Pa. Commissioner Reminds Homeowners to Check Policies for Weather-Related Coverage

Following above-normal precipitation from last fall, and with potential heavy rain from spring thunderstorms, Pennsylvania Insurance Commissioner Diane Koken reminded consumers of the
importance of understanding what water and flood damage is covered under their homeowners insurance policies.

“Each year at this time, we’re anxious to say goodbye to winter storms and welcome the warmer climate of spring,” Koken said. “But with spring flowers come spring showers. Policyholders need to be aware of what is and is not covered in their insurance policies, in case they have damage from a weather-related incident.

“Pennsylvanians are not required to buy homeowners insurance, although mortgage lenders may require it as a condition of sale. There are five basic types of homeowner policies with very specific coverages and exclusions. It’s important that people understand the terms of their homeowners insurance policy.”

A reported common “unknown” surrounding homeowners insurance is what is and is not covered in terms of water damage. For instance, water damage due to a windstorm – such as rain water either blowing into your home through an open window or rain water entering the home if the roof is blown off during a storm – is generally covered through homeowners insurance. What’s not covered, however, is damage caused by flooding.

Damage from flooding is excluded in all homeowner policies, and must be purchased separately from the National Flood Insurance Program. Flood insurance is available to throughout Pennsylvania in communities that participate in the NFIP.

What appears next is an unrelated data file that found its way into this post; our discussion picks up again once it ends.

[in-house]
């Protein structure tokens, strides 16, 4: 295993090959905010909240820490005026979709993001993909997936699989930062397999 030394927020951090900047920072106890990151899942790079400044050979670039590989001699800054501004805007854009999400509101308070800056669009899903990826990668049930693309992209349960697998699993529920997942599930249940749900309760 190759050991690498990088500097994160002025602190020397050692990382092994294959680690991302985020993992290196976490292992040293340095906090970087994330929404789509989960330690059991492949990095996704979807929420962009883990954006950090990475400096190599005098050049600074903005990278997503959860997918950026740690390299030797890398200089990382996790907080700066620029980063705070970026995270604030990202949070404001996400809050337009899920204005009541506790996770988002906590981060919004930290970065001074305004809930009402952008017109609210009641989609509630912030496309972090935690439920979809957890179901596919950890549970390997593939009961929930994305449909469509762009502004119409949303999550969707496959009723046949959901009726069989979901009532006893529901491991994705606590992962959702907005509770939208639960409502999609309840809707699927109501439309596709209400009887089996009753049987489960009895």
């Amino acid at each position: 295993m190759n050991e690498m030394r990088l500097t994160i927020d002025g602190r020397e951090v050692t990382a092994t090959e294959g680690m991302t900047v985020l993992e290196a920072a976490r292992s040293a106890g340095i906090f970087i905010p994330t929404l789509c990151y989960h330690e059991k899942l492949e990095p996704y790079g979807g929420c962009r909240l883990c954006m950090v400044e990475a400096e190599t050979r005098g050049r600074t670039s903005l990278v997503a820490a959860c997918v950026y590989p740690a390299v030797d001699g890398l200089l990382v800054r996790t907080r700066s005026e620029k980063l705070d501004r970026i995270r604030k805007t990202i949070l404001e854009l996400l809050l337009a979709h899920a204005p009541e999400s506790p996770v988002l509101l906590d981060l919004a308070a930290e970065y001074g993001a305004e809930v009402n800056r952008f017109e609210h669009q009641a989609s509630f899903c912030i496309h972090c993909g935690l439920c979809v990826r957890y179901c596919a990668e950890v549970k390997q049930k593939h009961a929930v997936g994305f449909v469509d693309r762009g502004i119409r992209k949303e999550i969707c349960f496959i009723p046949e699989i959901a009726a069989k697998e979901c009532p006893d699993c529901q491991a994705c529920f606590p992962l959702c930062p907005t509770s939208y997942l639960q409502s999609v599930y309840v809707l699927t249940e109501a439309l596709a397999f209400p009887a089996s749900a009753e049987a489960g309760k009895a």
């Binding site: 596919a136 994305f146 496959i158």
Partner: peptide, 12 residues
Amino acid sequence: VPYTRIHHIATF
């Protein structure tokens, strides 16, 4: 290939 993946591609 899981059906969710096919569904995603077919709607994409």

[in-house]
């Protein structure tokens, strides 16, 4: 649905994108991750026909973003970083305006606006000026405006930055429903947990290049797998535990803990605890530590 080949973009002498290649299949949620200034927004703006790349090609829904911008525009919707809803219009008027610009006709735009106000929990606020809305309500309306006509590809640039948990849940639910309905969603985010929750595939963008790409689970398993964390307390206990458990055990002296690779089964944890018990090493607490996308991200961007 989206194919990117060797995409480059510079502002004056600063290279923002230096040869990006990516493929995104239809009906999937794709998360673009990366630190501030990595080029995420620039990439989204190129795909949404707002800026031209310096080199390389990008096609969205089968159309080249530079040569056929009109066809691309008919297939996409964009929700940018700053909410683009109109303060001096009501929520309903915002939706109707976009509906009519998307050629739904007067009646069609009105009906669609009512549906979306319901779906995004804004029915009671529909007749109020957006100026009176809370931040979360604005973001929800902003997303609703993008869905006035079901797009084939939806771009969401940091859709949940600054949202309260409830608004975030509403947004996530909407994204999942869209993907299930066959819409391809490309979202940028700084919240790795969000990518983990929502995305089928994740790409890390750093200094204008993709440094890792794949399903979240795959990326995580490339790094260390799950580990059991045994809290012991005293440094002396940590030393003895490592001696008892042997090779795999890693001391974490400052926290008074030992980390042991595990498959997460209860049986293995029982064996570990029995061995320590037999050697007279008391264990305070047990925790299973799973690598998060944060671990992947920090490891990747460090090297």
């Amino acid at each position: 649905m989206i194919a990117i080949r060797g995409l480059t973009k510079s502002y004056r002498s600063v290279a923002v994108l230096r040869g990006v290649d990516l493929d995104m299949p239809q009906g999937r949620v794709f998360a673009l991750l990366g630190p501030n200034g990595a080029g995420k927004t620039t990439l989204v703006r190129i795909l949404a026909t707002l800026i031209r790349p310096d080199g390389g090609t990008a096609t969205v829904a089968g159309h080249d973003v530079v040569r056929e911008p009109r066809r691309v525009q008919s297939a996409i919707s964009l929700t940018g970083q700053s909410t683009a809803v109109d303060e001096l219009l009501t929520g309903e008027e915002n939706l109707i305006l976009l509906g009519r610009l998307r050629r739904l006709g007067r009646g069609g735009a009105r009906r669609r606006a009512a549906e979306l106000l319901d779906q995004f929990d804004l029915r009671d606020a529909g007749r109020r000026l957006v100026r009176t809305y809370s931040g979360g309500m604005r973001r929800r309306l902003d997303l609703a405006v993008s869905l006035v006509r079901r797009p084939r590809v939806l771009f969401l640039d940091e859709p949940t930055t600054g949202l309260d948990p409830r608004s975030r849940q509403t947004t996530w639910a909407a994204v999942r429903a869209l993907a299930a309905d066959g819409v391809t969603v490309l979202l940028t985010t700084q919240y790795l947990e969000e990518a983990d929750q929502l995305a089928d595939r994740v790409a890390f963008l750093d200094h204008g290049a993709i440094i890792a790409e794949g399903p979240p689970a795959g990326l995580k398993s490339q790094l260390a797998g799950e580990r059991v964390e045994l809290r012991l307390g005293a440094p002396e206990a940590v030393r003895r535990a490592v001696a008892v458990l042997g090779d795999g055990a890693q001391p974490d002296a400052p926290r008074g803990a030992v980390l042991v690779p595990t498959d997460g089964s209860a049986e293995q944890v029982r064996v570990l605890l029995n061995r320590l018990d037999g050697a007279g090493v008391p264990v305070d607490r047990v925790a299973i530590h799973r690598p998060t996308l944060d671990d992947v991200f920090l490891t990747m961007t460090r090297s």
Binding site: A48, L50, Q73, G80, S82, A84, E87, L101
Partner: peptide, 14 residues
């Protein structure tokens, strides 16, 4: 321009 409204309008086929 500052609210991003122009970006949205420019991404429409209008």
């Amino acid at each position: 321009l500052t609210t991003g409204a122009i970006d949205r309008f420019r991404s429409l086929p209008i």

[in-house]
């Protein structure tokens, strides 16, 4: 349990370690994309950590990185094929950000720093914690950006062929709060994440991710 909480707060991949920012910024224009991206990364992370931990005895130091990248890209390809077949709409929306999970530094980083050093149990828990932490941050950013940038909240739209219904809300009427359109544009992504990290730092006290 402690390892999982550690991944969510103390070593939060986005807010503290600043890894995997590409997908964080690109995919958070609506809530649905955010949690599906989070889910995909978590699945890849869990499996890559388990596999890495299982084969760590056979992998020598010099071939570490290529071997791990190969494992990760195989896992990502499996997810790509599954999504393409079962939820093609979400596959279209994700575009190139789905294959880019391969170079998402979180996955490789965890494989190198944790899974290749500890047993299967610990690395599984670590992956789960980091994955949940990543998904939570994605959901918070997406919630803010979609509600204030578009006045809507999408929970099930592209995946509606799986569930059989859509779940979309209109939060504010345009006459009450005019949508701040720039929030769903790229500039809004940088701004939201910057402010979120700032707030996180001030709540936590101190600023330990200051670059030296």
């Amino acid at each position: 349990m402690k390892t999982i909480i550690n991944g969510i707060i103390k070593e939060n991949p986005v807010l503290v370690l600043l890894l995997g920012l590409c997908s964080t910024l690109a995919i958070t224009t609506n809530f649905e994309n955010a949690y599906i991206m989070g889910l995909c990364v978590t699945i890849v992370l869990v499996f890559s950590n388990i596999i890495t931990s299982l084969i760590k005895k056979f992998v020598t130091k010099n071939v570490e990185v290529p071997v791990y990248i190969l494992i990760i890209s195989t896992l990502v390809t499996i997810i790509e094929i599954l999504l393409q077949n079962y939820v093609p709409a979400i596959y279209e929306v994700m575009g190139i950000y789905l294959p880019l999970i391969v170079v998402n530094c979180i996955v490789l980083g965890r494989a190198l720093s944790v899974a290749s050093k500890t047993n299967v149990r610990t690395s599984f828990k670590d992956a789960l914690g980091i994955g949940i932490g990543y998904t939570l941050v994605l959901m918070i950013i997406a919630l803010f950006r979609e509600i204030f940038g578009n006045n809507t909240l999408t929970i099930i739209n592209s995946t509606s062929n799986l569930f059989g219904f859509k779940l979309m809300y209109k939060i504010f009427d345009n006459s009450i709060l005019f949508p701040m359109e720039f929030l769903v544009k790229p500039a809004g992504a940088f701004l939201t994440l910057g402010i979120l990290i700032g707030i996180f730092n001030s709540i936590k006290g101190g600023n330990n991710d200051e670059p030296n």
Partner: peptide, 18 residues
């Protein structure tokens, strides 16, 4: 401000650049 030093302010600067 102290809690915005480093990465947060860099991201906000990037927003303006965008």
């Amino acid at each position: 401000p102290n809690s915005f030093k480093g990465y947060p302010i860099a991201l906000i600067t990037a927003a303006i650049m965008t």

Flood insurance policies insure against damages that result from:

* The partial or complete flooding of normally dry land from the overflow of inland or tidal waters.

* Unusual and rapid accumulation of runoff of surface waters from any source.

* Mud slides or mudflows that are caused by flood.

* The collapse or destabilization of land along the shore of a lake or
other body of water, resulting from erosion, waves or water currents
exceeding normal cyclical levels.

* Sewer backup, but only if it is caused directly by flooding.

“Flood insurance can be purchased for any insurable property, including rental property and condominiums, even if it is not directly in a flood plain,” Koken said. “It’s important to remember that there is a 30-day waiting period before a flood insurance policy takes effect, so consumers need to act now to protect themselves from this risk before it is too late.”

For more information on homeowners or flood insurance, or what to do when a weather-related disaster strikes, consumers can log onto the Insurance Department’s Web site at and click on the Brochures
and Topics Section on the left side of the page.